In a conventional darkroom, sepia toning — unlike other types of toning, such as selenium — is a multistep process. The toner actually alters the chemical composition of the photograph, replacing the traditional metallic silver in the image with a silver sulfide compound. Some people mix their own toner, but it's easier to buy a premixed commercial version [source: Frost].


Bleach Process for the Sepia Effect

First, wash the print in water for a minute or two, so the chemicals involved will spread cleanly and evenly. Then, immerse it in a tray of weak bleach solution, which will fade the image and soften the highlights. Photographer and author Lee Frost recommends a concentrated form of no more than one part bleach to 20 parts water, which slows the process and gives you more ability to control it [source: Frost].

After bleaching, you should wash the print again for 20 to 25 minutes in cold water to remove the bleach. While it's washing, you can mix the toner solution in a tray. Most toners recommend a mixture of one part toner to nine parts water, but Frost again suggests that you make the solution even weaker.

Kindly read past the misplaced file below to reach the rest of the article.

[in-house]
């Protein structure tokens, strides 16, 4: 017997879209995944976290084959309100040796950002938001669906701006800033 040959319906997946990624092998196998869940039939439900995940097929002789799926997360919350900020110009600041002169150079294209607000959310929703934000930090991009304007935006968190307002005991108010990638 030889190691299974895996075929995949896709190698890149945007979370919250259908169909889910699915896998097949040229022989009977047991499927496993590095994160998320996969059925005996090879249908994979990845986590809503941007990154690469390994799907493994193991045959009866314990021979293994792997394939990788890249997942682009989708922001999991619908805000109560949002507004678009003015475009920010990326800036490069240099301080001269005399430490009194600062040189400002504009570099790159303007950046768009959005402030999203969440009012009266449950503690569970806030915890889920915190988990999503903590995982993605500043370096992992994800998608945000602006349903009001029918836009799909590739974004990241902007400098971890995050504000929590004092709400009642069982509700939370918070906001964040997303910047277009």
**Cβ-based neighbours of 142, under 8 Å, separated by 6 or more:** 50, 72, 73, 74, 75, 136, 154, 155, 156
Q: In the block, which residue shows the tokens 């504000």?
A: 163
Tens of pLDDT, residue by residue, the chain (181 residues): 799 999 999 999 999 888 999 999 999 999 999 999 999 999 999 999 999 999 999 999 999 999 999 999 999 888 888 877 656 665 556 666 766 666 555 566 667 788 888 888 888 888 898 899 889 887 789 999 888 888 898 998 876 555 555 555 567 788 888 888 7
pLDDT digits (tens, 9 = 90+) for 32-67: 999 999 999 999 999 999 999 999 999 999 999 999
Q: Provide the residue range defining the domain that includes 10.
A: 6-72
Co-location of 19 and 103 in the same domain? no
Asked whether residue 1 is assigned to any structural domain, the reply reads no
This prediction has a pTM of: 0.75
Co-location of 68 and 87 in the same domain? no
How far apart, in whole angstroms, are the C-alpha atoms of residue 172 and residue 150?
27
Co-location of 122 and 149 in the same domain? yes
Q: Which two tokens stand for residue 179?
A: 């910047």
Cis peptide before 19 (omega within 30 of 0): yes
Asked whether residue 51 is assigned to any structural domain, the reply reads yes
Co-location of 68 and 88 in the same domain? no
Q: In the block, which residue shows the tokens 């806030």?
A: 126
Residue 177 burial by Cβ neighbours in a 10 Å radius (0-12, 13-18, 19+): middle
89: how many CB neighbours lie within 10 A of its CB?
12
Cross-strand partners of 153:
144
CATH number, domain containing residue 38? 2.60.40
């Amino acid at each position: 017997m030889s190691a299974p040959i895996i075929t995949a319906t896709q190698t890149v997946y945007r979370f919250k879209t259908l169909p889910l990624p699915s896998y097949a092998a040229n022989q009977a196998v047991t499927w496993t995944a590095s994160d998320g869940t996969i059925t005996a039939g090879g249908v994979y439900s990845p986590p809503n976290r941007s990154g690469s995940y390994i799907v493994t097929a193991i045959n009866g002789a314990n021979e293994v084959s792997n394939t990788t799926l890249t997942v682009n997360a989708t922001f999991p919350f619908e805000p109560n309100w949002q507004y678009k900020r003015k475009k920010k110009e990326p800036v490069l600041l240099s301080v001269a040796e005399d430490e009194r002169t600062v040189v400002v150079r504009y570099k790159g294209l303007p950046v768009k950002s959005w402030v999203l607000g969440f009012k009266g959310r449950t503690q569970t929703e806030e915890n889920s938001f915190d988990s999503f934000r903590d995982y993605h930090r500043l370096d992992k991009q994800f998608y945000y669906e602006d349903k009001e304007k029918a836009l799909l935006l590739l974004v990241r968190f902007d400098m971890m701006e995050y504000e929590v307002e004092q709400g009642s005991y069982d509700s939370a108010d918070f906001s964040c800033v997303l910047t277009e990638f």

Then add the final ingredient, 10 to 15 milliliters of sodium hydrochloride, which controls the intensity of the sepia color. The more you add, the darker the tone will be. Then, soak the print in the mixture and pull it when you've achieved the desired tone. Your last step is to wash the print again and dry it [source: Frost].

Using Photoshop for Sepia Toning

Understandably, many photographers don't have the equipment or access to a darkroom to make their sepia photography. Luckily, it's never been easier to create sepia photos — without the toning process or environmental pollutants!